Uncertain job market has some college grads nervous about future

Joseph "New New" Adkins
May 19, 2009
Irene Marie Deroche Lajaunie
May 22, 2009
Joseph "New New" Adkins
May 19, 2009
Irene Marie Deroche Lajaunie
May 22, 2009

The higher level of unemployment and the contraction in the number of jobs available nationally have not affected the Tri-parishes significantly, but conditions have worsened enough to make career placement officers at area colleges a bit cautious.

The country has lost at least 1.5 million jobs since last July and, this year, monthly job cuts have not fallen below 100,000, according to statistics from the employment firm Challenger, Gray & Christmas.

The unemployment rate nationally for 20- to 24-year-olds rose from 9.2 percent in March 2008 to 13.9 percent this year. The rate was 10.9 percent for 25- to 29-year-olds.

“My message to graduates is that you can’t sit on your couches and lollygag,” said Kristie Tauzin Goulas, director of Nicholls State University’s Office of Career Services. “You have to go out there and fight.”

“The consensus is (the job market) has slowed down, but they’re still getting jobs,” said Elmy Savoie, public relations director at Fletcher Technical Community College in Houma. “Employers are being more selective in hiring. They want students with more diverse training so they can move them around. They want more in-depth training, not basic training.”

Career placement officers at local colleges pinpointed nursing as the job in highest demand because of a nursing shortage, though welding and machine tools skills are also needed.

Goulas said education graduates are also faring well. “Teachers are definitely going out and finding jobs,” she said.

However, business school graduates are finding their options more limited.

“Some companies are cutting back,” she said.

Medical office assistants, electricians, commercial vehicle operators and marine operations workers were other areas in demand noted by local college job placement officers.

Goulas finds that more students are responding positively and are becoming proactive in their search for jobs.

“Go out there sooner rather than later,” she said, especially for quality employment. “You always have students who wait two months after graduation to look for jobs, while others have looked for jobs since February or March. Students have become smarter about that.”

Students are looking increasingly at attending graduate school in response to cutbacks in the market, she said.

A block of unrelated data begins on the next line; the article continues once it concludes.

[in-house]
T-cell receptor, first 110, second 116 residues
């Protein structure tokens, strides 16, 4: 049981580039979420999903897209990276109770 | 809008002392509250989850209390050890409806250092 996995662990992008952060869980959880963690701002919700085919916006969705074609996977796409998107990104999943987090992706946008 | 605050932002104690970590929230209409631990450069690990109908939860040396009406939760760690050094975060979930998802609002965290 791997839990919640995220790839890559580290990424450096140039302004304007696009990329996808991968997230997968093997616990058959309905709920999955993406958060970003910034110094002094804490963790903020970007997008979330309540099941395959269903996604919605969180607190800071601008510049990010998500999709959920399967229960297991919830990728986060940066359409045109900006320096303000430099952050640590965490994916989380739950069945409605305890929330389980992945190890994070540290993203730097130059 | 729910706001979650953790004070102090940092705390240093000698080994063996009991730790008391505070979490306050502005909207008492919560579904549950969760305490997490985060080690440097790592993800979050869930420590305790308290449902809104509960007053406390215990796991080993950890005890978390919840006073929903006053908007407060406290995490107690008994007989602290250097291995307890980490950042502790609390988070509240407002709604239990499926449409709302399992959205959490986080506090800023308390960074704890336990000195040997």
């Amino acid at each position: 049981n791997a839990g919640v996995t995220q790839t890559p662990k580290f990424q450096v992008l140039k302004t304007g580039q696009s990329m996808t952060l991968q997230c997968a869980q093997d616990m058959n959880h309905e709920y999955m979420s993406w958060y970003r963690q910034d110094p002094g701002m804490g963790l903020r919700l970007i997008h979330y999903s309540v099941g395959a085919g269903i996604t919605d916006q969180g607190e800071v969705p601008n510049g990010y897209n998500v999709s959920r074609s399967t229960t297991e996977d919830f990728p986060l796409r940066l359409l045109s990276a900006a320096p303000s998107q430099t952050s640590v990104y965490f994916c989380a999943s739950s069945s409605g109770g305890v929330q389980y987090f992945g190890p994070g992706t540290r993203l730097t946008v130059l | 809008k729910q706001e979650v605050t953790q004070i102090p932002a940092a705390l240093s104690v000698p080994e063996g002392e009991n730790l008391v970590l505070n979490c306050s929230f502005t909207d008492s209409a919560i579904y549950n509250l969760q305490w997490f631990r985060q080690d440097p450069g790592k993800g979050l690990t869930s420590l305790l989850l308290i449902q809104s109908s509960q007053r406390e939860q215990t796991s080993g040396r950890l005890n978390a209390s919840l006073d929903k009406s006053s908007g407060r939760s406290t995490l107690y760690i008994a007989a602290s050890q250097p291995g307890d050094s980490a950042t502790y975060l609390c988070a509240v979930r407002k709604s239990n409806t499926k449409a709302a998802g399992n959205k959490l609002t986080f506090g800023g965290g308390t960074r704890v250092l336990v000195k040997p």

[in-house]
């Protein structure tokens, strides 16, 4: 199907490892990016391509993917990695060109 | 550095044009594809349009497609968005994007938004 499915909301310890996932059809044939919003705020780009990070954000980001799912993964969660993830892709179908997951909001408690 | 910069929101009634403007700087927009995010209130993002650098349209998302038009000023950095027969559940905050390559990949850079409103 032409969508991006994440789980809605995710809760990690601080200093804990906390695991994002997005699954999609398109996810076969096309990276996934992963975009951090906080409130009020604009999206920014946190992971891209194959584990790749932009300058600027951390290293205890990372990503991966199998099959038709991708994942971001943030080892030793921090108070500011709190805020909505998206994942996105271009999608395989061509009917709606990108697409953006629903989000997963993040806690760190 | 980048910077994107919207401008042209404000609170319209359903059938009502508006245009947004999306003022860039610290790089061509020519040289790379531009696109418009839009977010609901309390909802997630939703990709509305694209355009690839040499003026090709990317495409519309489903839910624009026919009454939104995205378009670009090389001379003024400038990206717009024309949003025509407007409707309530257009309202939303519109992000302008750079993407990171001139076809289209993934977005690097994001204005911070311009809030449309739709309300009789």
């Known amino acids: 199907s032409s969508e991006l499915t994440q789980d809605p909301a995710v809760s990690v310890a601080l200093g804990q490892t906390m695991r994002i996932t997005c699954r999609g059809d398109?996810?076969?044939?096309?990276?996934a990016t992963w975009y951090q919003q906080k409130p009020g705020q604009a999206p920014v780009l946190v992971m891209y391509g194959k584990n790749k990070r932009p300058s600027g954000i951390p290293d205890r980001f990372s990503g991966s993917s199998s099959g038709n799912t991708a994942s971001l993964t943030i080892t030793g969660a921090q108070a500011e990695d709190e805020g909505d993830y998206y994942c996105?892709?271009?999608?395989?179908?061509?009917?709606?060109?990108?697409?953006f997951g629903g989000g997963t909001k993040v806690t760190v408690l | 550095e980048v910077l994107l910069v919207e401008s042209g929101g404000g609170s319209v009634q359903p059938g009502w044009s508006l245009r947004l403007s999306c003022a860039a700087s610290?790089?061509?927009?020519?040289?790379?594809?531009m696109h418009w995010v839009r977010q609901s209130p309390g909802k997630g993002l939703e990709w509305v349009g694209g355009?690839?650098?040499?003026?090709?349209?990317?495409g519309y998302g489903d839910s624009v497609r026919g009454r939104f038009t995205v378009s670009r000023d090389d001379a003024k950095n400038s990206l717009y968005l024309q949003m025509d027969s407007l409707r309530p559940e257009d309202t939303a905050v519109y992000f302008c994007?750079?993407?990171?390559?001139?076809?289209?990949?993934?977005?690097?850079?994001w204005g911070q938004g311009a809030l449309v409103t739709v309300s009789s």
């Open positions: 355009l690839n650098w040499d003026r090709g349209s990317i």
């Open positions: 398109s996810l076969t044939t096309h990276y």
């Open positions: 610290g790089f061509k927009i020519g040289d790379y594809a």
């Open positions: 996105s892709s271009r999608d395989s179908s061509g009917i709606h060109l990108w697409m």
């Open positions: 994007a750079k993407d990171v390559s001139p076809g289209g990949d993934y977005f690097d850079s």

Those wading out into the world outside college, though, may not be able to be as picky as in the recent past.

“It may not be the ideal job, but maybe it’s the company you want to work for,” Goulas said. “You can get your foot in the door, show them your potential. They can still make it, though it may not be the perfect job. They usually don’t get the perfect job right out of college anyway.”

She said any work experience before graduation will aid a resume, even if the experience is not in a student’s degree field.

Culinary skills is the only area experiencing a notable decrease in demand, Goulas said.

Nicholls had to cancel its annual culinary job fair this spring because of low response from restaurants and caterers, she said.

However, private employment companies have noted little change in demand for shipbuilding, fabrication, oilfield-related skills and retail sales work, said Randall Domingue, workforce development manager with The Work Connection.

“This area lives and dies by oil and gas,” Domingue said.

Locally, jobs in the hospitality industry are increasing, he said.

Michael Stein, 18, who finished Terrebonne High School two weeks ago, also completed a two-year dual enrollment program at Fletcher in marine diesel technology.

Stein said he is joining the Navy Reserve, partly because bigger companies are laying off workers.

“They want to hire the best, but they can’t afford it,” he said.

Stein, currently employed at Tri-Parish Coatings and Accessories in Houma, said a few companies like Cummins Diesel and Cenac Towing spoke to students at Fletcher, but his training there will guarantee him a couple of bumps in pay with the Navy Reserve.

“I don’t know anyone in the marine diesel field who’s been laid off,” he said. “It’s a good field to get into.”

Michael Stein, a recent Terrebonne High School graduate who did a dual enrollment at L.E. Fletcher Technical Community College in marine diesel technology, puts the finishing touches on a recoated Jeep. Stein believes his training will guarantee pay increases when he joins the Naval Reserve. “I don’t know anyone in the marine diesel field who’s been laid off,” he said.